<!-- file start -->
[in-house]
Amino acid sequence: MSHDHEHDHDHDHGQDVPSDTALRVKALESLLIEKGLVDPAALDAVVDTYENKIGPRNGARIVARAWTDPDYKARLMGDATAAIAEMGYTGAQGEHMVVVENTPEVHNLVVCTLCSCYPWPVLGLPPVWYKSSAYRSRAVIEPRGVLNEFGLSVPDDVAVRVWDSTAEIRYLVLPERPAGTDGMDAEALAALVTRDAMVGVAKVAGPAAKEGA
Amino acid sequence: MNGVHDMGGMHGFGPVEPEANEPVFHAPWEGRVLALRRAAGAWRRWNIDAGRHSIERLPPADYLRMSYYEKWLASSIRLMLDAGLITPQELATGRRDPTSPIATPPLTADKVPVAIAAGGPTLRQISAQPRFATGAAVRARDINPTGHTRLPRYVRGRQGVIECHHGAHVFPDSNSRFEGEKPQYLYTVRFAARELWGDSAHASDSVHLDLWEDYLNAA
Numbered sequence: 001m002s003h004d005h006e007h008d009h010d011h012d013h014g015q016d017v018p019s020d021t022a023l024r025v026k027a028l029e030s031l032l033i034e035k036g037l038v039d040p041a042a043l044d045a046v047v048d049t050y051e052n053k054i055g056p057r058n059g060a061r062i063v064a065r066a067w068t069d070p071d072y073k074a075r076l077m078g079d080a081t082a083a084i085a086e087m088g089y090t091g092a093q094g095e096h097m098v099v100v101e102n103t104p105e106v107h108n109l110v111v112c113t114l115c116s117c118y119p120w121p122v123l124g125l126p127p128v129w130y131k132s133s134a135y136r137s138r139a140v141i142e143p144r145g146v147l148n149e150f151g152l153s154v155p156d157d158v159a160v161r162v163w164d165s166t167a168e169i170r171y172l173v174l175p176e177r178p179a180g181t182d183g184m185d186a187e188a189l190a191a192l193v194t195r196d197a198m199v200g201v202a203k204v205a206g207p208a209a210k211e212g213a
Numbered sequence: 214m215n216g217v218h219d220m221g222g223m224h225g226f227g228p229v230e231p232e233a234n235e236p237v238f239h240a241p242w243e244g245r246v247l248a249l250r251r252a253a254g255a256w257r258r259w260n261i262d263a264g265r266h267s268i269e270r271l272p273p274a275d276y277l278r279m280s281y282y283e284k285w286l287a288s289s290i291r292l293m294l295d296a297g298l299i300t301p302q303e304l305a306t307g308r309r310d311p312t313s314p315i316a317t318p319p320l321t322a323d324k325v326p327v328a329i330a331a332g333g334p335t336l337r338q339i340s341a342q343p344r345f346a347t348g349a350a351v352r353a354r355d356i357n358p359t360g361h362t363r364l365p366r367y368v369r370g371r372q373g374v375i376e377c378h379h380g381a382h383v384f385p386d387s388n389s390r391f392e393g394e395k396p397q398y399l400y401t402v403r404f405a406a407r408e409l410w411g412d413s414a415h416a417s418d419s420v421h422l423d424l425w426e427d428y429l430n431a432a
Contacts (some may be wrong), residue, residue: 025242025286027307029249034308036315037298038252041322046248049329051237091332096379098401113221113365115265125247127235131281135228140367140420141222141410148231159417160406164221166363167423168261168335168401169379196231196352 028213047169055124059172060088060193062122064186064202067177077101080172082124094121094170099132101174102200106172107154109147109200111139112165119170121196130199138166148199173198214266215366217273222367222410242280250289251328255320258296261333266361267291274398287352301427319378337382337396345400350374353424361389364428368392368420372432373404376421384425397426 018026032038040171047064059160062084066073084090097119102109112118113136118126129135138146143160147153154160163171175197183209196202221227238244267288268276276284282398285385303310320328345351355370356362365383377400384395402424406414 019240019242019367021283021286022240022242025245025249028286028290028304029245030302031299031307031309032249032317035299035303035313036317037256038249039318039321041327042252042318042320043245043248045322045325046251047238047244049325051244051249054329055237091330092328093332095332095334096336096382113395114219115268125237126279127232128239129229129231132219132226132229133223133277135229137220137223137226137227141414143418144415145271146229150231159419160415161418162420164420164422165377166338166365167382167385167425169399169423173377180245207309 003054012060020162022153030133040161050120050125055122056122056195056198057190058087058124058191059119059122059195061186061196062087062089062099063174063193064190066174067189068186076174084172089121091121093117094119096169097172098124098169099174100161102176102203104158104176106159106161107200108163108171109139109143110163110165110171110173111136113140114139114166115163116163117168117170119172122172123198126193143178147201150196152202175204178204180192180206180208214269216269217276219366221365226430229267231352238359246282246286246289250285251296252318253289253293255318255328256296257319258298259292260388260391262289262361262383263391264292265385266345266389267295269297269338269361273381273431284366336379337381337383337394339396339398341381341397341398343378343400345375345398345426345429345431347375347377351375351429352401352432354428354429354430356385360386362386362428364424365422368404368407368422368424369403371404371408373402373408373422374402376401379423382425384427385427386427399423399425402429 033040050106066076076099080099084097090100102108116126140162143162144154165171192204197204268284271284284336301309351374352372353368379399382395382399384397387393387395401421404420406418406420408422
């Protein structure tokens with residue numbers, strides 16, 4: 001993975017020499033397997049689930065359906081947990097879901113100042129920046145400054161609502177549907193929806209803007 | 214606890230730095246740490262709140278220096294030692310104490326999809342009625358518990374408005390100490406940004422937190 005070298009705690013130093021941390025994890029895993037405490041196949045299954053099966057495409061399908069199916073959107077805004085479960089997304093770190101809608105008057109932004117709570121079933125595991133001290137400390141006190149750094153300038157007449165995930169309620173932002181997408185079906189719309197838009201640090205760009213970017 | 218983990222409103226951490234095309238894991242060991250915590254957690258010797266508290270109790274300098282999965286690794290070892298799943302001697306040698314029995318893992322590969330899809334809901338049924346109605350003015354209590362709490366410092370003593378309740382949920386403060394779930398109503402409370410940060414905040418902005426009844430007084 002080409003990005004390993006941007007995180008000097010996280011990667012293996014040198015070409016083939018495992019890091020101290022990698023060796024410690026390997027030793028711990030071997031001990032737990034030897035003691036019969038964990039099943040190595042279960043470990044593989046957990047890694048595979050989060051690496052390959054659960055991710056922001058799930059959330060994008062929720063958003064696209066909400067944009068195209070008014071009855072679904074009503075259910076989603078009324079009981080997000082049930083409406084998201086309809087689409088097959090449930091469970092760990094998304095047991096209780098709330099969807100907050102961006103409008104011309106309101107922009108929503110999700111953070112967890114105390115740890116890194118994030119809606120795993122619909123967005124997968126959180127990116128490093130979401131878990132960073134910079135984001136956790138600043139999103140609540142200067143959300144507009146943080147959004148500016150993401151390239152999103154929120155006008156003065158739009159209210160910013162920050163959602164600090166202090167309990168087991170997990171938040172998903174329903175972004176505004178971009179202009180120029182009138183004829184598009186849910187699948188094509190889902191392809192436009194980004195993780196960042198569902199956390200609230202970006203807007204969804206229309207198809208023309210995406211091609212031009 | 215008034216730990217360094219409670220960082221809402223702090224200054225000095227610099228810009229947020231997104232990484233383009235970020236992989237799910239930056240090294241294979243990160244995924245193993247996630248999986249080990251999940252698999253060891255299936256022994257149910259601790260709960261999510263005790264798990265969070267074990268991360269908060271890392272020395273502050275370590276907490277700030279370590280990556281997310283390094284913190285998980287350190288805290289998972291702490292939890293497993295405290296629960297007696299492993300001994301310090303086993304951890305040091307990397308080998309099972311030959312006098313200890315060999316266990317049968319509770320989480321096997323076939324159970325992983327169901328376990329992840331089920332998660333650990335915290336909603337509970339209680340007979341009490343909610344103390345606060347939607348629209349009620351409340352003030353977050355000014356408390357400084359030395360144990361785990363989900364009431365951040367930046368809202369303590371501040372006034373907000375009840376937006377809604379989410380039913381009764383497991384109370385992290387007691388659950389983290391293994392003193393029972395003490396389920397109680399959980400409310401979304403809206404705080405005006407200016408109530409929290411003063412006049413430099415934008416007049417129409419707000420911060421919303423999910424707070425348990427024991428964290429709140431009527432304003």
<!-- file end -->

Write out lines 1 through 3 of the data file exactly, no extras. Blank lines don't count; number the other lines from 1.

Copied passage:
[in-house]
Amino acid sequence: MSHDHEHDHDHDHGQDVPSDTALRVKALESLLIEKGLVDPAALDAVVDTYENKIGPRNGARIVARAWTDPDYKARLMGDATAAIAEMGYTGAQGEHMVVVENTPEVHNLVVCTLCSCYPWPVLGLPPVWYKSSAYRSRAVIEPRGVLNEFGLSVPDDVAVRVWDSTAEIRYLVLPERPAGTDGMDAEALAALVTRDAMVGVAKVAGPAAKEGA
Amino acid sequence: MNGVHDMGGMHGFGPVEPEANEPVFHAPWEGRVLALRRAAGAWRRWNIDAGRHSIERLPPADYLRMSYYEKWLASSIRLMLDAGLITPQELATGRRDPTSPIATPPLTADKVPVAIAAGGPTLRQISAQPRFATGAAVRARDINPTGHTRLPRYVRGRQGVIECHHGAHVFPDSNSRFEGEKPQYLYTVRFAARELWGDSAHASDSVHLDLWEDYLNAA